Being female, and human and I’ve definitely had my moments of being unhappy with my body.
I grew up naturally thin and was blessed with a fast metabolism. Growing up I didn’t ever think about my weight or feel self conscious about my body.
Pressure of comparison
In my twenties I’ve decided to pursue modelling and got signed with modelling agencies. I noticed the quick shift to feeling the pressure of always being “bikini ready”. The same body that I’d go to the beach or feel good in swimwear was now feeling the pressure. I felt that I should be doing more.
There was a pressure to be more toned and have more of a thigh gap. I’ve started obsessively exercising and meticulously watching what I eat. I already had a body that by the world’s standard is called “body goals” but it wasn't feeling enough.
Looking back I can tell that it wasn’t necessarily the modelling industry itself that made me feel this way. It was the fact that I was constantly comparing myself to others.
My pregnant body
My first pregnancy
In my late twenties I fell pregnant. I can honestly say it’s the most confident I felt and it was when I most loved my body. I’m not sure if it was my new curves or crazy baby hormones. I was wearing stuff out of my closet that I thought I couldn't pull off before I was pregnant.
Within 8 weeks after giving birth I was back at my pre-baby weight. Back to my usual body without any marks or real signs of giving birth. Without much struggle I got what others would have to diet and sweat for.
My second pregnancy
My second baby was a totally different story all together. I gained 40kgs during my pregnancy. I was extremely sick for the majority of both of my pregnancies but I definitely did not love my body or feel the pregnancy glow second time round. Combined with a pretty rough birth and over a three month recovery put me in probably my lowest ever.
My own body image struggles
I felt disgusting, but the worst is that I was fully aware of how ridiculous I’m being. I was blessed with two babies that I didn’t think I could have.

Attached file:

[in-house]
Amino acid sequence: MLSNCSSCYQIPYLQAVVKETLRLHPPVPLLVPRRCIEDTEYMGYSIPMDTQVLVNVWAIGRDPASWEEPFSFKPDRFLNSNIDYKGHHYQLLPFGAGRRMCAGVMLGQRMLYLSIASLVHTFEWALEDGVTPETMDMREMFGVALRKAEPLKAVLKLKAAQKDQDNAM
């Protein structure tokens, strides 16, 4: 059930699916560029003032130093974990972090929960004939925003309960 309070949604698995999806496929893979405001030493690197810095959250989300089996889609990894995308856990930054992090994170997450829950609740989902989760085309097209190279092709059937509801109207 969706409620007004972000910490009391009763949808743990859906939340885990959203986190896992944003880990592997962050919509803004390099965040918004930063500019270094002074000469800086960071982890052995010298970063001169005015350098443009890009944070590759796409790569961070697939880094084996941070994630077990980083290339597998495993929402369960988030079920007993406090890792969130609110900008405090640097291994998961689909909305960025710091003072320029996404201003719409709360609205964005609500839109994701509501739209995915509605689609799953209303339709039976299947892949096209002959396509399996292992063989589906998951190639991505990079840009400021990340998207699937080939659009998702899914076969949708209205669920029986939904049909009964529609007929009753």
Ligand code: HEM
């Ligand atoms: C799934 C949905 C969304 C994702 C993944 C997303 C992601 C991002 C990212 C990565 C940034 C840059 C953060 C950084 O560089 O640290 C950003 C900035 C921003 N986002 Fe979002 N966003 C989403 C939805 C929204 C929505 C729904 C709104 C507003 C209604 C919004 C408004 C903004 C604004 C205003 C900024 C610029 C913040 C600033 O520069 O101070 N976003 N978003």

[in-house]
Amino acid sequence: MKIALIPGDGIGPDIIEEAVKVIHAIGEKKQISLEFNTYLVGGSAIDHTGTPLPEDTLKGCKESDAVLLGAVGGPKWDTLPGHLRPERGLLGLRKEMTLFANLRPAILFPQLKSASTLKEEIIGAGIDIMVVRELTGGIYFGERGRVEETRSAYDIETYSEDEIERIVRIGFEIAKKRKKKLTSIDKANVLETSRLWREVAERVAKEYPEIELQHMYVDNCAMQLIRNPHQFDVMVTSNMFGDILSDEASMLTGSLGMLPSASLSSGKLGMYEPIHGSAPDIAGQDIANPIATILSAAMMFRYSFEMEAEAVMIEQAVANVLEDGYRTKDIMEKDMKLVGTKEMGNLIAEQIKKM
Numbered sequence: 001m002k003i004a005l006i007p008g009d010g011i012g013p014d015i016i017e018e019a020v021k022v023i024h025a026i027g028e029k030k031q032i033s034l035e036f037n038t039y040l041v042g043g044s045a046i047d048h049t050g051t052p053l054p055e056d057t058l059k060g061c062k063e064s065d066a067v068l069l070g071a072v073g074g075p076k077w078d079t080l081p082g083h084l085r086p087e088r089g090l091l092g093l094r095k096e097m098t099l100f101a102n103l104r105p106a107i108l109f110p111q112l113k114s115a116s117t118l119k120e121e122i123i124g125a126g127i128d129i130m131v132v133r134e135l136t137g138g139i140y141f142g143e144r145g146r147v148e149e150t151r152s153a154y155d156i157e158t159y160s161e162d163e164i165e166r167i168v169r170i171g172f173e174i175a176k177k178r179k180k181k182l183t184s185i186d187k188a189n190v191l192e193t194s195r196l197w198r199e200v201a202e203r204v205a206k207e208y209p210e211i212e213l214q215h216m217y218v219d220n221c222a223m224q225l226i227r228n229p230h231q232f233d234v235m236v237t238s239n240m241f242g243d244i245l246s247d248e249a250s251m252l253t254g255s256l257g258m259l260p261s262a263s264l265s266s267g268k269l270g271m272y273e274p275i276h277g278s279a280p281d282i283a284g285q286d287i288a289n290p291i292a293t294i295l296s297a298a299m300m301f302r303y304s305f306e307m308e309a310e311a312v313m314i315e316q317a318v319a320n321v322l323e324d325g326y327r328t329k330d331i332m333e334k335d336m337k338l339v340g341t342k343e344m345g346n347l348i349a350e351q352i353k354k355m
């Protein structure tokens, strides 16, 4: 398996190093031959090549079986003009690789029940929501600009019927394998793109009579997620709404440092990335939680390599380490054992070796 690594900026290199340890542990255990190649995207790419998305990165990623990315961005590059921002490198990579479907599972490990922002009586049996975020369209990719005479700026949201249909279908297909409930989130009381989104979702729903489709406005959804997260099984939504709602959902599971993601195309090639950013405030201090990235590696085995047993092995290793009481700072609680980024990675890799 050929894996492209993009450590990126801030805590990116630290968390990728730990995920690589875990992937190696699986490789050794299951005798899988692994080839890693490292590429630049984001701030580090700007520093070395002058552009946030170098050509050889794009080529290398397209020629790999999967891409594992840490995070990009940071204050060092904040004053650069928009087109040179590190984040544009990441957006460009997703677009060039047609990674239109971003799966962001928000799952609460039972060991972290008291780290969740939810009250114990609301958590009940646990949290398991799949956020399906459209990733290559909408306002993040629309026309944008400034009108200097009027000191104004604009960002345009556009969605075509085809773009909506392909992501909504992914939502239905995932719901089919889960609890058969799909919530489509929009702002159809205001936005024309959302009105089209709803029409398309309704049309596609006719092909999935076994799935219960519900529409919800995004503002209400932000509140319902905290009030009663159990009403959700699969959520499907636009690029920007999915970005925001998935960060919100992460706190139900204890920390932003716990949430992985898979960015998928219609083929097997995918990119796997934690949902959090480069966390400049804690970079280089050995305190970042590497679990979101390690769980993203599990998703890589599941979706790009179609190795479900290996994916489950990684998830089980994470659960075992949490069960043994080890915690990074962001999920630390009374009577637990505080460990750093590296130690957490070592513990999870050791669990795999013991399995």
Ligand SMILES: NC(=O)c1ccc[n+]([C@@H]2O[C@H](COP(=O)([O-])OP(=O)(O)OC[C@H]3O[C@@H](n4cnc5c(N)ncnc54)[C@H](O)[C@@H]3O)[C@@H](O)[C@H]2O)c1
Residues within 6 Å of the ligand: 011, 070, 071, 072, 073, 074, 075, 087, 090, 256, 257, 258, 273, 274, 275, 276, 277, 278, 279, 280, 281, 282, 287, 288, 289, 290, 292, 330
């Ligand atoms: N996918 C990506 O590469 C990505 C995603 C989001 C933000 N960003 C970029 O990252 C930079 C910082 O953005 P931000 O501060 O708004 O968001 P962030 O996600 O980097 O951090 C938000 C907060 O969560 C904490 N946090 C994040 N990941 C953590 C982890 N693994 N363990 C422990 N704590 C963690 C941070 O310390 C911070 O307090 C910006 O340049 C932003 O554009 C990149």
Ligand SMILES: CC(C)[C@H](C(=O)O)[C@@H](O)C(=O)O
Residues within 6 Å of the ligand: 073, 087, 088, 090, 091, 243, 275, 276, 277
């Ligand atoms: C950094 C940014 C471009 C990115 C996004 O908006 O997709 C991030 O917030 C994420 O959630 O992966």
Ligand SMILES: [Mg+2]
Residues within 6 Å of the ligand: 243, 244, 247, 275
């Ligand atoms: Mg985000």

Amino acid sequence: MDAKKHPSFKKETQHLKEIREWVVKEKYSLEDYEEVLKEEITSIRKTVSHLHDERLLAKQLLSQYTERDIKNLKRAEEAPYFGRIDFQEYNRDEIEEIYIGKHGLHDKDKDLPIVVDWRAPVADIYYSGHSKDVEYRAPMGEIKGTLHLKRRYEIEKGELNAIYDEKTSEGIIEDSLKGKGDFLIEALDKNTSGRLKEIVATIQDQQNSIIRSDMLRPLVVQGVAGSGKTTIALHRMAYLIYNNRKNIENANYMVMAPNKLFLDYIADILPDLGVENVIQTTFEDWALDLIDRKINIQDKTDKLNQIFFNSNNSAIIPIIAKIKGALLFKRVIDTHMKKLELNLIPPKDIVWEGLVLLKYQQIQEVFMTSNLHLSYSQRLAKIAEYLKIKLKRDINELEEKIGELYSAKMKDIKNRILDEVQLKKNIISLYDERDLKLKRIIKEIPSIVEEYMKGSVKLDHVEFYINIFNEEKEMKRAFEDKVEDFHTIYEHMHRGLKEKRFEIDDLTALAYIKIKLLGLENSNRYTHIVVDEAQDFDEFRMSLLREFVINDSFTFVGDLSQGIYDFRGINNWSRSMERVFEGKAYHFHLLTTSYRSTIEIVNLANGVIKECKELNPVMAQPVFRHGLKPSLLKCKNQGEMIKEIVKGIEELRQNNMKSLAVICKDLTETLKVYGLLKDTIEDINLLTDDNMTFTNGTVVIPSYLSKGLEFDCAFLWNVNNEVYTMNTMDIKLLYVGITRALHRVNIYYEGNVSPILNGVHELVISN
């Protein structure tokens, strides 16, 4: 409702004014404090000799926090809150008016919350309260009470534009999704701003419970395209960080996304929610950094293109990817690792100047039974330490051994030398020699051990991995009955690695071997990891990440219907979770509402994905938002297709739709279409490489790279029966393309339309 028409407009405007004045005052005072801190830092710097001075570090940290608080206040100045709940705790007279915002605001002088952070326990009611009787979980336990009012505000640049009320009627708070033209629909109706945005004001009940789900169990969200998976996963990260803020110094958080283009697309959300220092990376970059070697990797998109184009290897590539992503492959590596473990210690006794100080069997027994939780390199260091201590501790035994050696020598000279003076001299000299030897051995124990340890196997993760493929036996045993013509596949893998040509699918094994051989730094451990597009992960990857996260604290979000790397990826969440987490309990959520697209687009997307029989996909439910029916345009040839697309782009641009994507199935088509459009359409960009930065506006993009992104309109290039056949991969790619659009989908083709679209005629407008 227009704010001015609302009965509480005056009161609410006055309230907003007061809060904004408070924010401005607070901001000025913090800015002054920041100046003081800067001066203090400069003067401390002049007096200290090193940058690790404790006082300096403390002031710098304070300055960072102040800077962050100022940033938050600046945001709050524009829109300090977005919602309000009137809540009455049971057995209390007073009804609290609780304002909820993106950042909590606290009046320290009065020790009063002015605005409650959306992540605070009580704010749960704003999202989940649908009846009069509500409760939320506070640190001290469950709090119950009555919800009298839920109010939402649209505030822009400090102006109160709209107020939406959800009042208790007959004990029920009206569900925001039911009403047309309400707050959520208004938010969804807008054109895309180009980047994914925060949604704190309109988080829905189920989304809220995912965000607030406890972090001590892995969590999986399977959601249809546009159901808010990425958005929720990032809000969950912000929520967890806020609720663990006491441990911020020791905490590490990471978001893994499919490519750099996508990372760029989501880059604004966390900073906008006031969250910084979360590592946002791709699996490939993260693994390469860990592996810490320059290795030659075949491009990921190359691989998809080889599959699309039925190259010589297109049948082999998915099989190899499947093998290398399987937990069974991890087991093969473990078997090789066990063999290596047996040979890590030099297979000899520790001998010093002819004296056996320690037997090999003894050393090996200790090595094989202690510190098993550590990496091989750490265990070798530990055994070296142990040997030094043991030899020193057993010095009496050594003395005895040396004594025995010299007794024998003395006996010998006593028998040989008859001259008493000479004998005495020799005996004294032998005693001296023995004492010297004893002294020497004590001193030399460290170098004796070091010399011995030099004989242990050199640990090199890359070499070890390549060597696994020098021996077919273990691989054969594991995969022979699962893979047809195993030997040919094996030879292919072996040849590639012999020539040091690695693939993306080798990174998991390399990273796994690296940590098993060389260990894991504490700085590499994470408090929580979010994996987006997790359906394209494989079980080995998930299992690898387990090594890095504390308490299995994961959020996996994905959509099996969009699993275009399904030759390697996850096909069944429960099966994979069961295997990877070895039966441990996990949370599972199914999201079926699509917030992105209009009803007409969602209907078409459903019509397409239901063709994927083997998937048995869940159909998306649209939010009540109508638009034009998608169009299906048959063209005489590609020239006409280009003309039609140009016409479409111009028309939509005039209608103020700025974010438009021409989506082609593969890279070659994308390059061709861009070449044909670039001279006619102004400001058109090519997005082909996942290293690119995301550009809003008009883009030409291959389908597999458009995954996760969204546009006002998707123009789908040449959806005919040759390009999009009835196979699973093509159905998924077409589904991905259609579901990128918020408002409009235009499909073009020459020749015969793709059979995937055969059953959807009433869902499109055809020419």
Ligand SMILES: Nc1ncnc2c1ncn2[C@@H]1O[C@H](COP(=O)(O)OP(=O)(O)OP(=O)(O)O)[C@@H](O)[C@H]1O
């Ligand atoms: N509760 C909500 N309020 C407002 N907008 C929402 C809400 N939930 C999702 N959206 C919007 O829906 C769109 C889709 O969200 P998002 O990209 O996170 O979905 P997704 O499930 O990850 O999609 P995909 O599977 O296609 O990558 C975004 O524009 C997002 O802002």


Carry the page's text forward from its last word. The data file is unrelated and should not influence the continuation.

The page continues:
For years I had longed to fall pregnant and be a mum. It was a miracle that with all of my health complications I’ve managed to have two healthy boys.
I have an amazing husband who adores me and loves my body. I was hashtag blessed yet somehow I felt this way.
Eventually I got to the point where I didn't want to be like this anymore. I don’t want to feel like my appearance has so much control over me. I don't want to hide the beautiful realness of my body because the more we hide the real and unfiltered stuff the more we feed the beast. The more distorted reality starts to look.
Revolution to be real
Learning to love my body has been journey. I can’t say that I’ve perfected it but I believe it's small steps. Every day I make a decision to appreciate and love the body that carries me through life. Yes, being healthy and keeping fit is important.
However I also think that we need to look at the core issues and not just the symptoms. Bottom line is that our happiness can’t come from looking a certain way or being a certain number on the scale.
Will we crumble when we gain a few kilos? A few extra rolls? A few smile lines or those little crinkles lines near or eyes?
As a woman, I find it funny how we want our bodies to stay in an unrealistic state! We desire to look like we have never grown and fed a human. Isn’t this crazy?
We want to look like our weight never fluctuated or like we’ve never smiled or laughed. We get caught in wanting our bodies to look how we like to keep our houses...Spotlessly clean like no one lives there. But when did the #livedinlook go so out of fashion?
We are enough
I can definitely feel the change is coming. I want for all women to join in on the revolution to be real. I want to feel enough, to get our butts to the beach and enjoy that sunshine.
Let’s make real normal. The jiggly tummies, the once perky boobs that now are little droopy. The badass tiger stripes, those silly spider veins.
Our bodies are beautiful the way they are. We just gotta make that daily choice to feel good in the skin we’re in.